Authoritative time server in Windows Server?

Hi Experts,

I was trying to find out, How to configure an authoritative time server in Windows Server? And I found the answer there.
http://www.techrepublic.com/blog/the-enterprise-cloud/configure-a-time-server-for-active-directory-domain-controllers/

But my question is that our domain controller at the moment is showing NTPserver - "Peer" in registry, What does Peer mean?

Time.JPG  
Regards,
Vin
VinjasAsked:
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serchlopConnect With a Mentor Commented:
Hi

I think that someone tried to configure NTP Server in the past for your server and made a mistake typing "peers" in place of the names of the peers (for example use in place of "peers" -> "time.windows.com,0x1" but without the quotes)

I have not seen this value in any of the server that I have configured, I think it was a mistake made by someone else.

http://nchrissos.wordpress.com/2013/04/26/configuring-time-on-windows-2008-r2-servers/

And you can find a list for ntp server for your country/continent in http://www.pool.ntp.org/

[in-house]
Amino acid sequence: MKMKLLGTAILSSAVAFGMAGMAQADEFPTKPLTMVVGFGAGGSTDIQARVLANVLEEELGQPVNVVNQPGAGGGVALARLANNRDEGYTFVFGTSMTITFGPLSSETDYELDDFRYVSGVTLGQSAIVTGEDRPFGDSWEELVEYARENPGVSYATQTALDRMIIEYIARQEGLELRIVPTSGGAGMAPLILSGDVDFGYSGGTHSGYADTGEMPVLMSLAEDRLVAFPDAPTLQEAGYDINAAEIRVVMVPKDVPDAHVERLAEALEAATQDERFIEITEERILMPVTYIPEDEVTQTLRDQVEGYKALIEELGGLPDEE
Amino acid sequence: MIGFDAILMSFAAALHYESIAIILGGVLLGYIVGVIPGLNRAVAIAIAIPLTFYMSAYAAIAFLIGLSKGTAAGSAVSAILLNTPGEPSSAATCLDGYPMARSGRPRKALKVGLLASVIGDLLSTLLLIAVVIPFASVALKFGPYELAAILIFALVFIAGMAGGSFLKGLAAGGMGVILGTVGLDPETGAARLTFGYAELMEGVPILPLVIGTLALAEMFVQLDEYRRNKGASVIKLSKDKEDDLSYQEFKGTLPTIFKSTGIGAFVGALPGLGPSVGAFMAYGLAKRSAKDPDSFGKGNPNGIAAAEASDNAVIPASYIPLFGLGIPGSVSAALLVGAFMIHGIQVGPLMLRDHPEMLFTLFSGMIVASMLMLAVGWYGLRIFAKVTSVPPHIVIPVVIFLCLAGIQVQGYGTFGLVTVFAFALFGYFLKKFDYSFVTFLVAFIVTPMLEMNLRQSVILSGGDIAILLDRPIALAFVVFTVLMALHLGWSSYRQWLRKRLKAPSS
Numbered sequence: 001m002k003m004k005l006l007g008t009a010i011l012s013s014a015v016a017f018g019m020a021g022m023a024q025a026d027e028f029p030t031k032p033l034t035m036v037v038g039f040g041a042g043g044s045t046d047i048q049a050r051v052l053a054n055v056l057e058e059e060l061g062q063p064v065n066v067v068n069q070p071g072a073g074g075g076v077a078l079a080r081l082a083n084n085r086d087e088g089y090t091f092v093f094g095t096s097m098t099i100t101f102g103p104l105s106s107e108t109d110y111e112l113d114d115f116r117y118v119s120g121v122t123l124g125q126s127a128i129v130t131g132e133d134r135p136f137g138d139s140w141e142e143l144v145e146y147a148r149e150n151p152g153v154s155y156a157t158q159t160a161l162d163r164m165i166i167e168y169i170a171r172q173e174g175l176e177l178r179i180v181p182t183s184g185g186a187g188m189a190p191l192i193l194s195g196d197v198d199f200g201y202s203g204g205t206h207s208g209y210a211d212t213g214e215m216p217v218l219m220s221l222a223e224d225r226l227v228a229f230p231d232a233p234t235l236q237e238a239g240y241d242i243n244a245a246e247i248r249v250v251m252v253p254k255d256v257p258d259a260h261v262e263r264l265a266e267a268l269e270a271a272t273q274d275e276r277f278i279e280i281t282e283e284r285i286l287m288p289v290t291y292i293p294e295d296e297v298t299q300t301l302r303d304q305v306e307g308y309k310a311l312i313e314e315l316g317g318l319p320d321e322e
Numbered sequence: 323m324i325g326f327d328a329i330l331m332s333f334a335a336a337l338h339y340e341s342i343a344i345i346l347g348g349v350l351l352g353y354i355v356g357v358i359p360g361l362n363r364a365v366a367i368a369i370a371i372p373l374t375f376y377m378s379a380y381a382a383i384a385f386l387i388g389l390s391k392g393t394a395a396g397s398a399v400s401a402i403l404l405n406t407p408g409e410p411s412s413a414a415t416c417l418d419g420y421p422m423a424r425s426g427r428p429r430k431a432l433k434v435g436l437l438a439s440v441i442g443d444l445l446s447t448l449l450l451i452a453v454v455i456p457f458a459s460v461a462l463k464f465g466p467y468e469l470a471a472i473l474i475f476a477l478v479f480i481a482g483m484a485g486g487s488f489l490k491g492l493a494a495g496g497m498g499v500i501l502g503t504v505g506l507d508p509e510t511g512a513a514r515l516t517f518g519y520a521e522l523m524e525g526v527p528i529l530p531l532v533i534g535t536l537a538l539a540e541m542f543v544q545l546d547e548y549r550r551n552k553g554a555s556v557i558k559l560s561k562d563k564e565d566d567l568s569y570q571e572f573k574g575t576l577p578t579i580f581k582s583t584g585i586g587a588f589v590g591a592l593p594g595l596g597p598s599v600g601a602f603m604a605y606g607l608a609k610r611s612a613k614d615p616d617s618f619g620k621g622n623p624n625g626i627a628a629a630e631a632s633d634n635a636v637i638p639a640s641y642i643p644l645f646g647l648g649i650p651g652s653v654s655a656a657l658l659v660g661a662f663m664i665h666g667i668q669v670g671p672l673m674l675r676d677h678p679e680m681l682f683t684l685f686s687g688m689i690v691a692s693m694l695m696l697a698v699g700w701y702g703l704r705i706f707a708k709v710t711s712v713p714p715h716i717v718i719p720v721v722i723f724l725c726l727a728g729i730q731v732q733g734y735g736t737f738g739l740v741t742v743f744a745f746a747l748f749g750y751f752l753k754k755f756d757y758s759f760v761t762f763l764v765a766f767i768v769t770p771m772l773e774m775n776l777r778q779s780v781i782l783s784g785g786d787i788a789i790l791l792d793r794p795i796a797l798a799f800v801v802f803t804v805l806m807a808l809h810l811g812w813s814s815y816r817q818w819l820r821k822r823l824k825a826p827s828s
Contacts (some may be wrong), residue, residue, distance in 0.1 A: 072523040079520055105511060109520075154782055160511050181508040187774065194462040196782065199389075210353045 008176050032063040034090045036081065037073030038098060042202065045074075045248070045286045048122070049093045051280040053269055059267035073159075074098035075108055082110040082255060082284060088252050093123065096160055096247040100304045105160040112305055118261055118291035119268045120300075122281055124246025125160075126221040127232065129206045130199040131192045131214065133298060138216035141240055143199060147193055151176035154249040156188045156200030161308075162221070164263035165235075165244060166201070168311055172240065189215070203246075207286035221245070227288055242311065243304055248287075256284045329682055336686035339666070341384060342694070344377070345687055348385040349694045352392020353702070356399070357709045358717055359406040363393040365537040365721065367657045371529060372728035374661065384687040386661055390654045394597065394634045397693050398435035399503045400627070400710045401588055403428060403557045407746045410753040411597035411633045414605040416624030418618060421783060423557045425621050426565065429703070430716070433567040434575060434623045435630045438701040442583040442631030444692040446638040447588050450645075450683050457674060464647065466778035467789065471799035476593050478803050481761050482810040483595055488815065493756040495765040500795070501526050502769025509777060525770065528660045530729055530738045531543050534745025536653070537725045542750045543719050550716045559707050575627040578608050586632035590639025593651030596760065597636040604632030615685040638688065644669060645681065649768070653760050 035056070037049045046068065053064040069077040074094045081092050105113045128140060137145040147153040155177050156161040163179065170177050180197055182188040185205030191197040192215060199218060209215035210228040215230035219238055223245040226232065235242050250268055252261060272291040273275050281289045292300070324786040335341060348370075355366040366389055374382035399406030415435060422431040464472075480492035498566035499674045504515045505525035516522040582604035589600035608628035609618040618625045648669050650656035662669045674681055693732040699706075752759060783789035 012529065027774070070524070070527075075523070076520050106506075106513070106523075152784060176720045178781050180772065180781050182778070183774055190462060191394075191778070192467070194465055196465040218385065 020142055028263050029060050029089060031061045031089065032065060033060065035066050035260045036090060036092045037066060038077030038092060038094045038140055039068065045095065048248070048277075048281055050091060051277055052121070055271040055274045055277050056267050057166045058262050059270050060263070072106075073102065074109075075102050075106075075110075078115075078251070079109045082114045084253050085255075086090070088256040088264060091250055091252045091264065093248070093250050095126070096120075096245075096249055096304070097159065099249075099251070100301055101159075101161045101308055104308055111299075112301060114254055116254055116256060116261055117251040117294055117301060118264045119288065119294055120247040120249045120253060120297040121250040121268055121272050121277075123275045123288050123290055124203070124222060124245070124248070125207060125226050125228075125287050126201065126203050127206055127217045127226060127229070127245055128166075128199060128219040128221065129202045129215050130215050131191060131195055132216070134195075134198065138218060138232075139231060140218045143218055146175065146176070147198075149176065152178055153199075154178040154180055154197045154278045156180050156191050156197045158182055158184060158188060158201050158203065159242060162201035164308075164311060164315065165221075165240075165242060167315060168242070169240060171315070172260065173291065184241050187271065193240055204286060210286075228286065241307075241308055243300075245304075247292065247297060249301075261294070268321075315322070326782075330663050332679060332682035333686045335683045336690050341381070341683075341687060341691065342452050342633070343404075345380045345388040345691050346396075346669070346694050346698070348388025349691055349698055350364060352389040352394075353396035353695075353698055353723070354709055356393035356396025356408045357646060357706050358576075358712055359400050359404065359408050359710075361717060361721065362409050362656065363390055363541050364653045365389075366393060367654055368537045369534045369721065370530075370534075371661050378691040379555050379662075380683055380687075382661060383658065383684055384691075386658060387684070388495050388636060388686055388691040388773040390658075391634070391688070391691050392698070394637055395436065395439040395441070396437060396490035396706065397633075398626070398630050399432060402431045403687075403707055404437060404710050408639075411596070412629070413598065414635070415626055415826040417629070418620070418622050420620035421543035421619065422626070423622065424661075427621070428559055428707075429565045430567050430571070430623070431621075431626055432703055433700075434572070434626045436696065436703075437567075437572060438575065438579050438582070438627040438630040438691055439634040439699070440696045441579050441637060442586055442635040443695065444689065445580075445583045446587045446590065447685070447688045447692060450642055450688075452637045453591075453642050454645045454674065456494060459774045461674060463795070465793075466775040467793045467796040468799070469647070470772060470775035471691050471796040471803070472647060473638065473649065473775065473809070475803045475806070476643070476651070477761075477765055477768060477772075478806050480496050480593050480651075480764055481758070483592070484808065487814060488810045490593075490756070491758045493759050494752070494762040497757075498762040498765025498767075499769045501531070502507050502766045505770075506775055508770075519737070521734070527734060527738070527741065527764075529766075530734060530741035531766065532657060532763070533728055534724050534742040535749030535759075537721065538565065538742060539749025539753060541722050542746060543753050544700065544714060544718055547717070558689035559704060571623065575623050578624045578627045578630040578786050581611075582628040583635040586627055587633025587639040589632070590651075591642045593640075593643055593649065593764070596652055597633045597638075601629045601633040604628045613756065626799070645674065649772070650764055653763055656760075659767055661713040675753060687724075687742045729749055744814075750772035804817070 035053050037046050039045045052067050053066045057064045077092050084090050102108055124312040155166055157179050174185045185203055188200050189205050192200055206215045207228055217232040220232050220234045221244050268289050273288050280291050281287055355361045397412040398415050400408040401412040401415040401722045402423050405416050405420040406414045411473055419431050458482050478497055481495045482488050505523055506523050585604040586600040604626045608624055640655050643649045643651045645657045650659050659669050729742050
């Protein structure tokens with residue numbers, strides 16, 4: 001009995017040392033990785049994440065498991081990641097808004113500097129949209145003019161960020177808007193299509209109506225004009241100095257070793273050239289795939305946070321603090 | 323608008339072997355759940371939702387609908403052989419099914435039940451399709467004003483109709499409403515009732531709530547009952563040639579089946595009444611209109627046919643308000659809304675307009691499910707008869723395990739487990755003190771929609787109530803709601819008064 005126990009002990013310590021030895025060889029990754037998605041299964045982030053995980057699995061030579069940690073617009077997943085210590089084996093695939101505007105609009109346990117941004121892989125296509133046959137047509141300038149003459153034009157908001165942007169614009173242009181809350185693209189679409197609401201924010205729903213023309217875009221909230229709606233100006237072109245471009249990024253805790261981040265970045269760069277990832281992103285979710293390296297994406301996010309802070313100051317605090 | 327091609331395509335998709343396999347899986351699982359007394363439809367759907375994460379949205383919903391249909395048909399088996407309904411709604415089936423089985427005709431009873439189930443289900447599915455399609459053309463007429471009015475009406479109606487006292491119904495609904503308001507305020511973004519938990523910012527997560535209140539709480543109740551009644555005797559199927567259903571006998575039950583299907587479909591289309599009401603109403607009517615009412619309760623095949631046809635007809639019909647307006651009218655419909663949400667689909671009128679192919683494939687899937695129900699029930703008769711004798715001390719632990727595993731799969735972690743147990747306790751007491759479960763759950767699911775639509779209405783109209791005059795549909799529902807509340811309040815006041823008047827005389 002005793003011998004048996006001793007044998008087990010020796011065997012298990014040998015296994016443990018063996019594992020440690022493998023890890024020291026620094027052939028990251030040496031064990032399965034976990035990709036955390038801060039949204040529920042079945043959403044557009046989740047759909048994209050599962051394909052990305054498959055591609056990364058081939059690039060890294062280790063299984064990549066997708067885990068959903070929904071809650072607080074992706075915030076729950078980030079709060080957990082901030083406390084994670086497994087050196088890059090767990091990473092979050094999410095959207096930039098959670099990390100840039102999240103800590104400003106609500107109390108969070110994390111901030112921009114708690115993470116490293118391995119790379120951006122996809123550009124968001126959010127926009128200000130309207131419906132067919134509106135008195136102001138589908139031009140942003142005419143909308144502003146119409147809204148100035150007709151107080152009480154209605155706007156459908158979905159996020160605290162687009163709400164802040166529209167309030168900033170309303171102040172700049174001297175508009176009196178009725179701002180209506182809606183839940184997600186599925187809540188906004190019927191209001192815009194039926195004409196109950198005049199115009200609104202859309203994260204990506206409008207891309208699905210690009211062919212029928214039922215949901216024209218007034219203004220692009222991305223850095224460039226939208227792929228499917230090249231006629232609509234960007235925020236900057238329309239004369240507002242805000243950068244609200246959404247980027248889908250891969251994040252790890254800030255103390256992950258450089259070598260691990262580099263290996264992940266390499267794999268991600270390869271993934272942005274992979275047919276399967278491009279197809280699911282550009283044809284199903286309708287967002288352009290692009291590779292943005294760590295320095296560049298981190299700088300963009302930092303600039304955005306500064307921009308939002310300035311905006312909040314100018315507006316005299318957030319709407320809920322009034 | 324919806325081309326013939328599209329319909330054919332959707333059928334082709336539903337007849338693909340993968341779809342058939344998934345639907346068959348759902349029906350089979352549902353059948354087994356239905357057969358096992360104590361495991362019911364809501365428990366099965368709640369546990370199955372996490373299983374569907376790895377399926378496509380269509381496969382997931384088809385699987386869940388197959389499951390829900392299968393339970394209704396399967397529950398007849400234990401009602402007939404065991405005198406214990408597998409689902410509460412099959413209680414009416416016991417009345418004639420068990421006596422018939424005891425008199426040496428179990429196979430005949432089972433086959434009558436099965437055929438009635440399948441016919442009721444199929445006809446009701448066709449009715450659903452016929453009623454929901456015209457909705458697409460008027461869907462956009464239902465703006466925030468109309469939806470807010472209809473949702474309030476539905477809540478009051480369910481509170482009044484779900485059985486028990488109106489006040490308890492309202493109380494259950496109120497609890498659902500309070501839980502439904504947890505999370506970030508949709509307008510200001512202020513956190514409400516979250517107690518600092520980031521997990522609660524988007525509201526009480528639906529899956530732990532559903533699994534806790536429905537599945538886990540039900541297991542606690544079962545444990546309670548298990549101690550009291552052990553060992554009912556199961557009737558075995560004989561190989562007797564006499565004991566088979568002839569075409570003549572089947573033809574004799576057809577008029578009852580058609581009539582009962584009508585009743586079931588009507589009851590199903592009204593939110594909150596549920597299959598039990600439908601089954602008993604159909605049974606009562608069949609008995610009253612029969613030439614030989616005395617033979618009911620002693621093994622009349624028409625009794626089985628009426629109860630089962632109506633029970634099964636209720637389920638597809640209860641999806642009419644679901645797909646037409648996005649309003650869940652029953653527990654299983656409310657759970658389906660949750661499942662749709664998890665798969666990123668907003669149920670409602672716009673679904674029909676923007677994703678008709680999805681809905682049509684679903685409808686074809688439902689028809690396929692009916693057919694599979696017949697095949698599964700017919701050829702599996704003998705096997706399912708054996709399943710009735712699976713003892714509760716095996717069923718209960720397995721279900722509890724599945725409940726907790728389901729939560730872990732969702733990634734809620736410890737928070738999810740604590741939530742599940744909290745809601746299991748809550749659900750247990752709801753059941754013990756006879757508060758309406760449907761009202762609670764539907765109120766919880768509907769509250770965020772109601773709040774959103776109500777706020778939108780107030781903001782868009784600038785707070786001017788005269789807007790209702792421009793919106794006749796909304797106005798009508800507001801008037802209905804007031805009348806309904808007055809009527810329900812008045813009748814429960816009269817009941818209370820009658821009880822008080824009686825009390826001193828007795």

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frankhelkCommented:
Hmmm ... W32time, the timekeeping service in Windows. I experienced enough trouble with that piece of crap when in NTP mode to avoid using it whenever I can.

My recommendation:

Use a Windows port of the classic *ix NTP service. The NTP service software is free. Easy to install and configure, works like a charm and is stable as a rock. And it is nicer when it comes to one of the rare cases of troubleshooting.

See this article for the "How To".

The NTP service has a low ressource footprint, therefore the NTP functionality could be hooked onto existing machines or VM's like webservers, ftp servers, mailservers or database hosts - even in a DMZ - without visible performance impact.
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